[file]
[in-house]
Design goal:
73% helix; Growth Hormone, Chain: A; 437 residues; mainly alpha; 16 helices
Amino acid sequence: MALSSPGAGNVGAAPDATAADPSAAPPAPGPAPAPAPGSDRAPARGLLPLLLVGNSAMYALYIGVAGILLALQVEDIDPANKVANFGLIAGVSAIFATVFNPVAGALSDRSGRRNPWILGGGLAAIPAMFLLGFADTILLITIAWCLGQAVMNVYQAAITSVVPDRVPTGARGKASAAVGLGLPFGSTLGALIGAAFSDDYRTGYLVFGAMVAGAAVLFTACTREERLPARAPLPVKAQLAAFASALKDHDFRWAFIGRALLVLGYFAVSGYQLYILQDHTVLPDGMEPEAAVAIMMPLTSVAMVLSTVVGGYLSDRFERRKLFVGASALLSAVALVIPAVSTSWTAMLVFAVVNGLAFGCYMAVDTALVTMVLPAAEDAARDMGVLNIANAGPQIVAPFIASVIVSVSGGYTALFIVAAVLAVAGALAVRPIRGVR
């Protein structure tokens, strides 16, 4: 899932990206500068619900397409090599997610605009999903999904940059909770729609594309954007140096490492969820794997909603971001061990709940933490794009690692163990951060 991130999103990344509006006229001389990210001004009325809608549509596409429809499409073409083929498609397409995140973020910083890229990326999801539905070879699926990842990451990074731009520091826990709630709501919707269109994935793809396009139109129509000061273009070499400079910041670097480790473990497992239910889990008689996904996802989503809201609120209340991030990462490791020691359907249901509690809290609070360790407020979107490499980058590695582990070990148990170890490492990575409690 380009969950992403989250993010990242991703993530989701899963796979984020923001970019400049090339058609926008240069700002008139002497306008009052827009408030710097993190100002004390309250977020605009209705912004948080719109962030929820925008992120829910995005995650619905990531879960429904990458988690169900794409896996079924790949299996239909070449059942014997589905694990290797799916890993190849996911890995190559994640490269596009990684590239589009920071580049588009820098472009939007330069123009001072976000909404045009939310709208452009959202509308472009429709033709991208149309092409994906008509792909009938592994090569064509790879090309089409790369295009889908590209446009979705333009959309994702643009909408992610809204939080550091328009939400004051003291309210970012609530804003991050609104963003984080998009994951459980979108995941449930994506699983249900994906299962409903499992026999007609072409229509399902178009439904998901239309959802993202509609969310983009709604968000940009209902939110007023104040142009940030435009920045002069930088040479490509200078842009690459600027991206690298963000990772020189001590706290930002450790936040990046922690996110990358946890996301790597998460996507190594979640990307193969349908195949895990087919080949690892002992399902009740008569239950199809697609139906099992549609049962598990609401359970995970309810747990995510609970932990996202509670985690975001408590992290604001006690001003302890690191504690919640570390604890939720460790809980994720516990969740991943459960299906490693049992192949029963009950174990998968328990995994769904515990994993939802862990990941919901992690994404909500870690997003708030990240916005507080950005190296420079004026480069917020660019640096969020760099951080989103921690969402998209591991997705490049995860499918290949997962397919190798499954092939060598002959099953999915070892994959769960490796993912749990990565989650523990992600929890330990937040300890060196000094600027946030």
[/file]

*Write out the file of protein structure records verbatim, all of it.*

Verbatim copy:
[in-house]
Design goal:
73% helix; Growth Hormone, Chain: A; 437 residues; mainly alpha; 16 helices
Amino acid sequence: MALSSPGAGNVGAAPDATAADPSAAPPAPGPAPAPAPGSDRAPARGLLPLLLVGNSAMYALYIGVAGILLALQVEDIDPANKVANFGLIAGVSAIFATVFNPVAGALSDRSGRRNPWILGGGLAAIPAMFLLGFADTILLITIAWCLGQAVMNVYQAAITSVVPDRVPTGARGKASAAVGLGLPFGSTLGALIGAAFSDDYRTGYLVFGAMVAGAAVLFTACTREERLPARAPLPVKAQLAAFASALKDHDFRWAFIGRALLVLGYFAVSGYQLYILQDHTVLPDGMEPEAAVAIMMPLTSVAMVLSTVVGGYLSDRFERRKLFVGASALLSAVALVIPAVSTSWTAMLVFAVVNGLAFGCYMAVDTALVTMVLPAAEDAARDMGVLNIANAGPQIVAPFIASVIVSVSGGYTALFIVAAVLAVAGALAVRPIRGVR
């Protein structure tokens, strides 16, 4: 899932990206500068619900397409090599997610605009999903999904940059909770729609594309954007140096490492969820794997909603971001061990709940933490794009690692163990951060 991130999103990344509006006229001389990210001004009325809608549509596409429809499409073409083929498609397409995140973020910083890229990326999801539905070879699926990842990451990074731009520091826990709630709501919707269109994935793809396009139109129509000061273009070499400079910041670097480790473990497992239910889990008689996904996802989503809201609120209340991030990462490791020691359907249901509690809290609070360790407020979107490499980058590695582990070990148990170890490492990575409690 380009969950992403989250993010990242991703993530989701899963796979984020923001970019400049090339058609926008240069700002008139002497306008009052827009408030710097993190100002004390309250977020605009209705912004948080719109962030929820925008992120829910995005995650619905990531879960429904990458988690169900794409896996079924790949299996239909070449059942014997589905694990290797799916890993190849996911890995190559994640490269596009990684590239589009920071580049588009820098472009939007330069123009001072976000909404045009939310709208452009959202509308472009429709033709991208149309092409994906008509792909009938592994090569064509790879090309089409790369295009889908590209446009979705333009959309994702643009909408992610809204939080550091328009939400004051003291309210970012609530804003991050609104963003984080998009994951459980979108995941449930994506699983249900994906299962409903499992026999007609072409229509399902178009439904998901239309959802993202509609969310983009709604968000940009209902939110007023104040142009940030435009920045002069930088040479490509200078842009690459600027991206690298963000990772020189001590706290930002450790936040990046922690996110990358946890996301790597998460996507190594979640990307193969349908195949895990087919080949690892002992399902009740008569239950199809697609139906099992549609049962598990609401359970995970309810747990995510609970932990996202509670985690975001408590992290604001006690001003302890690191504690919640570390604890939720460790809980994720516990969740991943459960299906490693049992192949029963009950174990998968328990995994769904515990994993939802862990990941919901992690994404909500870690997003708030990240916005507080950005190296420079004026480069917020660019640096969020760099951080989103921690969402998209591991997705490049995860499918290949997962397919190798499954092939060598002959099953999915070892994959769960490796993912749990990565989650523990992600929890330990937040300890060196000094600027946030």